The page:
Chapter 21: Data Structures and java.util

One common complaint about Java among programmers accustomed to traditional languages like C and Pascal is that the lack of pointers makes the creation of data structures too difficult. Whatıs been removed from Java is not pointers, but rather the ability to do arithmetic with pointers, convert integers into pointers, and other such tricks that cause many bugs in C programs. Pointers themselves are still present, although without pointer arithmetic and explicit memory allocation and deallocation. pointers without these powers are called references. References allow you to create all the data structures you desire without introducing all the bugs common to C code.

One of the advantages of an OOP language like Java is that the system library can provide highly optimized classes for data structures like linked lists and hash tables with the same ease with which it holds algorithms like sine and cosine. Before creating your own data structure you should make sure that Java doesnıt already provide one that will suit you. The Vector class introduced in this chapter covers almost all uses for linked lists and a number of other things besides. There are also classes to handle stacks, hash tables, and bit sets. This chapter begins with a discussion of these pre-written these data structures. Then it shows you how to use references to build your own data structures.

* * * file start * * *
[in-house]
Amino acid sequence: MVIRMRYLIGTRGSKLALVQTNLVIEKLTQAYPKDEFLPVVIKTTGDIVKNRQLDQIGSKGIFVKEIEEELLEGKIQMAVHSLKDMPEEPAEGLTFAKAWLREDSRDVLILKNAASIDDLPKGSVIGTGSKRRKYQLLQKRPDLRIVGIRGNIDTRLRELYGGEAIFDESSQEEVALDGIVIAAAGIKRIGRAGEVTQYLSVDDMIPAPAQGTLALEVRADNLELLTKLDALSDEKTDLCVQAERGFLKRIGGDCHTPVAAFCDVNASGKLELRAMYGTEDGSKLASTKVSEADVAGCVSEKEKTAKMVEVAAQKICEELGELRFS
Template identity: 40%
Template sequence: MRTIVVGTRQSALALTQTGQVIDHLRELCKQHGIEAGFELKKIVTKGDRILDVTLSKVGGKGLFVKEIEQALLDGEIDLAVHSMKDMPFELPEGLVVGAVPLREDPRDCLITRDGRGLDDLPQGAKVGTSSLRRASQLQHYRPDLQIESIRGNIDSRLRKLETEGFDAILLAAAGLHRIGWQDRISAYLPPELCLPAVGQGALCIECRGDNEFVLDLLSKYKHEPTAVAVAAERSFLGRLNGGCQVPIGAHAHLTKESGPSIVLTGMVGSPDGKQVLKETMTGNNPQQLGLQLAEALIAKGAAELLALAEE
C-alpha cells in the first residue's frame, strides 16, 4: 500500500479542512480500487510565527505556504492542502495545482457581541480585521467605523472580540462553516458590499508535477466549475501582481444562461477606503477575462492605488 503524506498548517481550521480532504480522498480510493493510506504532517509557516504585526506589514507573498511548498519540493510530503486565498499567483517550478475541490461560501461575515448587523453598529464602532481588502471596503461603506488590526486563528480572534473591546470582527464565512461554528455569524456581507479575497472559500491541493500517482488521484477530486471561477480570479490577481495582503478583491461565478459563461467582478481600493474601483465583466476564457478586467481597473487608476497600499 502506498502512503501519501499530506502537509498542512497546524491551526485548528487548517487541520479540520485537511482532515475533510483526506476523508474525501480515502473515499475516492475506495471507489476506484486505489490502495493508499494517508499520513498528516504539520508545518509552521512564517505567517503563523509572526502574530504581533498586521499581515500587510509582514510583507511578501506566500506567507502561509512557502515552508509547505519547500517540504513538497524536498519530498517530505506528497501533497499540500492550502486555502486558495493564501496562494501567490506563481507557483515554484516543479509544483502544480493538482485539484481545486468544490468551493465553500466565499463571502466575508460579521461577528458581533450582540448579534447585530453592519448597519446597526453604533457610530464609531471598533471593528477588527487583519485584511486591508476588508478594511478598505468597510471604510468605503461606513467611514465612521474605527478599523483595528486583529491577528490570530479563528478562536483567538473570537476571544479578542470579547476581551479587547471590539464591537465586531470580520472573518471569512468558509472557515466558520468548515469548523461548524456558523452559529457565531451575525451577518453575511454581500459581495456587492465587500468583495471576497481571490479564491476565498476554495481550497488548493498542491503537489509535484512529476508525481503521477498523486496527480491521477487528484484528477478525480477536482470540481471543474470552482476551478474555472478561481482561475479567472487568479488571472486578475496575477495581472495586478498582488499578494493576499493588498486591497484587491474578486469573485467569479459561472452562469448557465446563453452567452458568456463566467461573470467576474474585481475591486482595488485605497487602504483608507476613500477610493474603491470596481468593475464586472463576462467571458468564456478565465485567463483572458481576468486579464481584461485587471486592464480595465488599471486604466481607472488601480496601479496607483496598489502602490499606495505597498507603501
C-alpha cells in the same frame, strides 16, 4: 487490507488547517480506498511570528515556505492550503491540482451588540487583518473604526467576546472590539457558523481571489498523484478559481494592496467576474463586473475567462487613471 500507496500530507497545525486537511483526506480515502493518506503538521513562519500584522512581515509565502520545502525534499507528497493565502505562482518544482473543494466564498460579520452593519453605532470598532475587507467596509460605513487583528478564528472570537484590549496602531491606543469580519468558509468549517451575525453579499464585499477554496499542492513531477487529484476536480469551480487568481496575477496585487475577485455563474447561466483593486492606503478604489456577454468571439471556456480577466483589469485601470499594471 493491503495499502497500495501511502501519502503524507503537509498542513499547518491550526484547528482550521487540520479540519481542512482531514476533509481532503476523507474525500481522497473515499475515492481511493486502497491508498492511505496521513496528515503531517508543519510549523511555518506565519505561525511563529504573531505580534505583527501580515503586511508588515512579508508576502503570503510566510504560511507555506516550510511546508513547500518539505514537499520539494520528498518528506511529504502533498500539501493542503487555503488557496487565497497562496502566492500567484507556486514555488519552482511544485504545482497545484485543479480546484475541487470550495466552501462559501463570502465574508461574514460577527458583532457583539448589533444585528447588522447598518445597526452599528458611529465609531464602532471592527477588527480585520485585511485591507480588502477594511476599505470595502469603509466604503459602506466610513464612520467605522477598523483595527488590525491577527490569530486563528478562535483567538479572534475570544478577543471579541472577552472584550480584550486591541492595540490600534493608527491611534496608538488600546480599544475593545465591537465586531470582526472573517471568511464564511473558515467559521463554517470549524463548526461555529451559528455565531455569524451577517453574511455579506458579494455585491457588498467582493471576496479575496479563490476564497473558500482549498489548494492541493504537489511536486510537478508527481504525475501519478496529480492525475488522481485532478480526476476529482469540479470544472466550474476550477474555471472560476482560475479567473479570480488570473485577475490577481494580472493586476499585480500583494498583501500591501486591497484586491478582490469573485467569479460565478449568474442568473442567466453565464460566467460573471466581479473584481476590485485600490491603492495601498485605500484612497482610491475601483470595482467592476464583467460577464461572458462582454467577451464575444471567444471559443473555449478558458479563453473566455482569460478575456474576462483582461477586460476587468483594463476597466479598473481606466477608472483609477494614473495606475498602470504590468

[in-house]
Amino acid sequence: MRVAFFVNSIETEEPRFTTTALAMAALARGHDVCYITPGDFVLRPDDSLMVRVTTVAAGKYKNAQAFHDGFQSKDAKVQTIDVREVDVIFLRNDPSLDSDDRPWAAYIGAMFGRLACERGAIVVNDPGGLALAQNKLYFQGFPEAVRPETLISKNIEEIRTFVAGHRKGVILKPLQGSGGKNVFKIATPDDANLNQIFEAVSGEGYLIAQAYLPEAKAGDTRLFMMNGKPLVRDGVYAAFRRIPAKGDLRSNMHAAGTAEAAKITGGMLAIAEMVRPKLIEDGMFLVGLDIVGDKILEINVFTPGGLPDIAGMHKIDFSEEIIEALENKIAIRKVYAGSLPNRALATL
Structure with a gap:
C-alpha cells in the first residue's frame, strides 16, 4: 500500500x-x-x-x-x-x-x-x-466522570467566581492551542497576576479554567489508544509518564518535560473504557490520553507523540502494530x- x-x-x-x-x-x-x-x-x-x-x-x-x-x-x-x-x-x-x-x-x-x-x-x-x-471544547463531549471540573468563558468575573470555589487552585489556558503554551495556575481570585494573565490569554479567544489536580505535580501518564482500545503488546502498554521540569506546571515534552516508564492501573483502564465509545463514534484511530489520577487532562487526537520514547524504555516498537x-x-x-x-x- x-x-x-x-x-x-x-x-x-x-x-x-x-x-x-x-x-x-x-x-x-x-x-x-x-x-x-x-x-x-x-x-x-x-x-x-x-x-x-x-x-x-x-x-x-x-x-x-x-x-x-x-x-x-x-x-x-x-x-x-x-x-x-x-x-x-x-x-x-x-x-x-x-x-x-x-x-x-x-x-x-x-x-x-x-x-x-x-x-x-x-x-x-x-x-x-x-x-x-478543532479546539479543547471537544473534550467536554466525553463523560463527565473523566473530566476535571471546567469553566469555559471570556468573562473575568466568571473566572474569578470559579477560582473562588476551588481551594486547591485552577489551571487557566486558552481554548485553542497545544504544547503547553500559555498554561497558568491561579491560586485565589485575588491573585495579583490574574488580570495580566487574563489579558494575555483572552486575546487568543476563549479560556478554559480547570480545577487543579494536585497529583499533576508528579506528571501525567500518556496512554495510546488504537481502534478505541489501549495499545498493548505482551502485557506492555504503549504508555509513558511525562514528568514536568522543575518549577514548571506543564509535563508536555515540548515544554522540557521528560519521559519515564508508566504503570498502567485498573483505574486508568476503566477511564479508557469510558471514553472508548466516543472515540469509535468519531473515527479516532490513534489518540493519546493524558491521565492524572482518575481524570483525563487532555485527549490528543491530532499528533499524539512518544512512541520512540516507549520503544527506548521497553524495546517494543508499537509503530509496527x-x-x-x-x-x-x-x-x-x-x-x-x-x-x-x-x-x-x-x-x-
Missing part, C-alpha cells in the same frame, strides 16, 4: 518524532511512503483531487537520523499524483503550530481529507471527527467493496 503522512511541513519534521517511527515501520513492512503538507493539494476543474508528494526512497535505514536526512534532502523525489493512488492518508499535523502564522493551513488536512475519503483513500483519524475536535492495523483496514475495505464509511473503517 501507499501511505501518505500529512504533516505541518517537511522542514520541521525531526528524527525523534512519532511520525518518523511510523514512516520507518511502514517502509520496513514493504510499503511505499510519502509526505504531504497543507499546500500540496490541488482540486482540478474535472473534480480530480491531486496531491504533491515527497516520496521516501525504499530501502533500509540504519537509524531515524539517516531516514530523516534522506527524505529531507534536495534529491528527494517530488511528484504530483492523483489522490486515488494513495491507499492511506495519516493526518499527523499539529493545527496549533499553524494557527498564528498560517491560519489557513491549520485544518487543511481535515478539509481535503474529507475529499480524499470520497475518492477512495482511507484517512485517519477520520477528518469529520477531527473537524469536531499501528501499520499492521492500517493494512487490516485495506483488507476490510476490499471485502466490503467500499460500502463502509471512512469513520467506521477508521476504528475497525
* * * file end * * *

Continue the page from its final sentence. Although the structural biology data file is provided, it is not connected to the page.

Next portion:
Topics covered in this chapter include

Examples from Other Chapters
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